The most powerful part of Tales of the Grim Sleeper takes place towards the end. A group of women who are or were prostitutes and came into contact with Franklin but survived gather to tell their stories. The women describe their experiences with Franklin and while all of their testimonies are powerful, there was one woman in particular who I will always remember. She explains that Franklin picked her up, became angry when he was unable to perform, and then tried to kill her. Her words about fighting for her life and her life having value regardless of her being a prostitute or drug addict was incredibly powerful.
Her story helped to drive home the point that these women who were murdered had value. We hear all about Franklin and his life as his friends defend his honor. But for so long, the families and advocates of these women struggled to get them justice. For so long and even now, their stories haven’t been told and if left up to some people would never be told.
We don’t know the details of what happened in their lives to set them on this path. It would add context but overall, it wouldn’t and shouldn’t matter. The fact is that they were living creatures. They were human beings. And that’s all that matters. Regardless of how they might have been living their lives or how other people viewed them, they had value.
While Tales of the Grim Sleeper is an enlightening documentary, it’s not without its flaws. So often it seems like serial killers are glorified and their victims just become bodies and numbers. In reporting about these cases sometimes true crime books and documentaries completely miss the point that these were people.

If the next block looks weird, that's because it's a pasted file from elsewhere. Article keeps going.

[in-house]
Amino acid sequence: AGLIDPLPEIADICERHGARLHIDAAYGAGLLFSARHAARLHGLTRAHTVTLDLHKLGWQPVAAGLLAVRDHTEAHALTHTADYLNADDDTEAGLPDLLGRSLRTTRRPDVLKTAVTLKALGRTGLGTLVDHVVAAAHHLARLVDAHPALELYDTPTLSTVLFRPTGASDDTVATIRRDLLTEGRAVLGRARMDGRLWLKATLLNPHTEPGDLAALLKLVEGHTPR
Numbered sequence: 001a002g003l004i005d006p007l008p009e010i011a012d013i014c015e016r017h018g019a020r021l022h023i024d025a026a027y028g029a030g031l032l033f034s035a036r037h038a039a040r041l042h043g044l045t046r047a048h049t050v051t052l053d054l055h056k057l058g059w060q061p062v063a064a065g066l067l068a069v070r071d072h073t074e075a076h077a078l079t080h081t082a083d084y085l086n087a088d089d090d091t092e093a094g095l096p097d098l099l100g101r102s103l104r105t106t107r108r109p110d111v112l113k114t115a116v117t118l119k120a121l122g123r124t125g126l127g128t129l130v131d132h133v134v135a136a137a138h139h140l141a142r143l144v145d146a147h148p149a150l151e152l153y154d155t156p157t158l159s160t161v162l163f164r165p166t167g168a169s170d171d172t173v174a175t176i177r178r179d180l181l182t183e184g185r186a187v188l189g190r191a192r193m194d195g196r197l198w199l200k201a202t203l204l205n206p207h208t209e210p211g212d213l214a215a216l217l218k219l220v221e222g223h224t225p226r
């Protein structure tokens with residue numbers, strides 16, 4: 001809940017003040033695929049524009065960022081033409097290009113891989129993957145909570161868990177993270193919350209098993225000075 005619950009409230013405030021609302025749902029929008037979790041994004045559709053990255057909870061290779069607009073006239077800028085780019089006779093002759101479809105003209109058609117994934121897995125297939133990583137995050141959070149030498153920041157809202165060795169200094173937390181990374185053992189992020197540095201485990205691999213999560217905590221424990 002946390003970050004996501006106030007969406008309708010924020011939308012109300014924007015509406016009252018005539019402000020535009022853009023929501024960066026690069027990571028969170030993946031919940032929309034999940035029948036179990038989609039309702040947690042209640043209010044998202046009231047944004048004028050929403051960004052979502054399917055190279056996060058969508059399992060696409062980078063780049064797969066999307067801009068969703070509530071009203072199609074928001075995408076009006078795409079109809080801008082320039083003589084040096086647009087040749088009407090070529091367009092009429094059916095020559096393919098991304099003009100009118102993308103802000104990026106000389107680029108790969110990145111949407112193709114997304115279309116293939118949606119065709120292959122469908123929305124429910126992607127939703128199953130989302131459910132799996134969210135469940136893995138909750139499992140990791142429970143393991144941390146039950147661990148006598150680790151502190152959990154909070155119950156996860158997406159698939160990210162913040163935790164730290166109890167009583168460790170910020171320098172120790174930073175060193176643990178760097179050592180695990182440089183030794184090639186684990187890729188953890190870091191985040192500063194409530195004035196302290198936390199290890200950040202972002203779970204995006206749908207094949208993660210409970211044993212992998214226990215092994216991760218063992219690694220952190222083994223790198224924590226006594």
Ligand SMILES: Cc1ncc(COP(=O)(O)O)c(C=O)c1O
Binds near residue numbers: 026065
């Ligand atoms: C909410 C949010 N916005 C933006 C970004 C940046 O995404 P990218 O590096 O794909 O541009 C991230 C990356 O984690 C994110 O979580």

They were born, they were children, they grew up, and regardless of whatever path their life might have taken they lived and their life stories consisted of more than their murders. I appreciated that the crew was able to speak with the families of some of the victims and even some survivors. But I wish that it delved more deeply into telling the stories of the women and spent a bit less time focused on Franklin’s friends making excuses for him.
Shop on Amazon
- Transcendent Kingdom [Book Review]
- The Corner: A Year in the Life of an Inner-City Neighborhood [Book + Movie Review]
- Set It Off [Movie Review]
- Menace II Society [Movie Review]
Disclosure: Noire Histoir is a participant in the Amazon Services LLC Associates Program, an affiliate advertising program designed to provide a means for the website to earn fees by linking to Amazon.com and affiliated sites. Noire Histoir will receive commissions for purchases made via any Amazon Affiliate links above.
I am so glad to have come across this podcast about the Grim Sleeper, it was so well done!